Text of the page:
In week 2, the roundtable expands as everyone tries to ask the right questions about the Rust Cohle connection, the corpsicle, and the rowdy lovelife of Liz Danvers
Before we dive into this week’s episode, let me first remind everyone… there will be spoilers. So let this serve as a SPOILER WARNING and if you’re caught up with the show, we hope you’ll stay, share your theories, and let us know what you think about True Detective: Night Country. We’ll be posting every week on Wednesday or Thursday (or in the case of this week, Friday, due to my not feeling well this week) with our latest thoughts on what happened and what we think is going to happen. If you’d like to join in next week’s post, you can submit your thoughts to me at [email protected] by 11:59 PM EST Tuesday.
As Sarah predicted last week, the Internet trolls were out in full force complaining about the first episode all week long leading up to Episode 2’s drop on Sunday. Complaints almost all seemed rooted in the lack of a strong or likable male lead character and the focus on two strong females front and center. The trolls attempted to guise their true motives in some cases, while in others outright complained about not having any male protagonists to latch onto. This is nothing new for female centered television and film, sadly… but the overall response from people worth listening to seemed rather positive.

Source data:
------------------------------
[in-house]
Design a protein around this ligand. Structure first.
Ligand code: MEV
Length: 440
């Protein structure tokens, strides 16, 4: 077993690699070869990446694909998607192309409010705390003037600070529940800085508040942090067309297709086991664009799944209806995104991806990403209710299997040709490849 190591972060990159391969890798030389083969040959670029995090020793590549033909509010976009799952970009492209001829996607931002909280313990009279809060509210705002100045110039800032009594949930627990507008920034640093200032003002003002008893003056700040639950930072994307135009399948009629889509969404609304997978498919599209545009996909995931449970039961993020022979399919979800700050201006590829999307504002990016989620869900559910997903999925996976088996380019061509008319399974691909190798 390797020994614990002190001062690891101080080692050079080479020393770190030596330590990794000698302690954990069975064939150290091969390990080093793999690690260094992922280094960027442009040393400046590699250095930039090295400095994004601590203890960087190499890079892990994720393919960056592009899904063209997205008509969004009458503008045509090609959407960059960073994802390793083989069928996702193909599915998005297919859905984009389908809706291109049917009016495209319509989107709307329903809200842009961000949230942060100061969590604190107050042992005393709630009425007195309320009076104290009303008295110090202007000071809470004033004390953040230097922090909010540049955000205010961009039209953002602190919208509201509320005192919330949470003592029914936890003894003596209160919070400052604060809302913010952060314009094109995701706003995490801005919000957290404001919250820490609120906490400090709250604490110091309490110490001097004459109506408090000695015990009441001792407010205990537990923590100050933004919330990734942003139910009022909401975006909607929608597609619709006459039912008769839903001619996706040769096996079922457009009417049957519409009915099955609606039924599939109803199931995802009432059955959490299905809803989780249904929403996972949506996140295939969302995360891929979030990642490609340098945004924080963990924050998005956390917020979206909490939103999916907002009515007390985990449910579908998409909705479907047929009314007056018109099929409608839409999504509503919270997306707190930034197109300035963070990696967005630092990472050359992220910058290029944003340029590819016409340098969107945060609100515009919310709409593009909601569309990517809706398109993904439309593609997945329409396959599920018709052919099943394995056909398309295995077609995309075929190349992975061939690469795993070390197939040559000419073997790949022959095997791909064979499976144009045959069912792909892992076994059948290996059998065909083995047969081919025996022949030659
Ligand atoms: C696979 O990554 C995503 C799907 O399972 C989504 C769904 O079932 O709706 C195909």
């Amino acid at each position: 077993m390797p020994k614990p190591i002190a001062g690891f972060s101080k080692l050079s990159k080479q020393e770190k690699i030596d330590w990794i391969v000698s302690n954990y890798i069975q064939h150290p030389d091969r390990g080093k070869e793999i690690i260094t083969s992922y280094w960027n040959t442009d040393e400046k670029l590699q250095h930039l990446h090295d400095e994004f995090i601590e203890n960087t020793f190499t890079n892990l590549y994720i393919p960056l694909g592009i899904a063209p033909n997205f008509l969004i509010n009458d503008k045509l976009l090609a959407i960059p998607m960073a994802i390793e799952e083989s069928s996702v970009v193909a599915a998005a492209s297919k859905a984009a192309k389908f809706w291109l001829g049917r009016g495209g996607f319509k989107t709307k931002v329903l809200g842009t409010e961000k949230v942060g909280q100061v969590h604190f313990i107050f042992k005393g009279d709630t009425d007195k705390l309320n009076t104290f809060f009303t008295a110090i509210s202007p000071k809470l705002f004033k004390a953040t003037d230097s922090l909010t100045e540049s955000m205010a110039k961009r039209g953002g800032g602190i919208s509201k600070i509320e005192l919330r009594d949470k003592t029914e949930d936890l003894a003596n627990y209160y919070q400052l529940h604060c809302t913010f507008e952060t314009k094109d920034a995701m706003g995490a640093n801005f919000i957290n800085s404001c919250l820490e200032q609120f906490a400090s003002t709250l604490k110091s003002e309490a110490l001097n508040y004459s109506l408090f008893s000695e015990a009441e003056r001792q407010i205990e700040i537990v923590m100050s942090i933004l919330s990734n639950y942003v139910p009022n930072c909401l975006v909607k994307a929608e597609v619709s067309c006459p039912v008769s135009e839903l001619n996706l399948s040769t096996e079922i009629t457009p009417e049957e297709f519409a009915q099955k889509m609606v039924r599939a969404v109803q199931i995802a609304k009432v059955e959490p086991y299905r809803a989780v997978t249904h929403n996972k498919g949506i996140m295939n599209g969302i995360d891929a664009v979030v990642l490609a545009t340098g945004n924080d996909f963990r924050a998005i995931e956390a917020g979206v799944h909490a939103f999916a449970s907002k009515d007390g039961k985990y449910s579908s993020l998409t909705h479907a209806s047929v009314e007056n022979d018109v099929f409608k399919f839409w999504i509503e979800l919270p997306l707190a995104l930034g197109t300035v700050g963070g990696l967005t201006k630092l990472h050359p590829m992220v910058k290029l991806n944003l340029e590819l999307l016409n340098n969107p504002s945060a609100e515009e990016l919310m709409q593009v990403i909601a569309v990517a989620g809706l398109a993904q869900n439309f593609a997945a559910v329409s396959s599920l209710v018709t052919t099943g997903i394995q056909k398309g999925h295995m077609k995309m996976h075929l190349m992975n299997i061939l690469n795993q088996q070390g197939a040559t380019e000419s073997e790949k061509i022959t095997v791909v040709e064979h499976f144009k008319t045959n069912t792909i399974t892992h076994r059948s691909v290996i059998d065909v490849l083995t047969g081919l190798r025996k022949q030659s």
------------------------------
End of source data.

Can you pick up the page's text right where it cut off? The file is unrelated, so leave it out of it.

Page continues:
As we dive into week 2, the show has begun to build out its world, as well as its connections to the first season – in both (all but) confirming that Travis Cohle is indeed Rust’s deceased father and the involvement of the Tuttle United corporation. Exactly how deep these connections will go remains speculative, but the episode makes a point to begin to truly develop the backstories, connections, and characters at play in our small Alaska town.
Ooo wee, this second show did not disappoint!
This episode had everything; a giant corpsicle, stone cold bitchiness, Doctor Who having sex…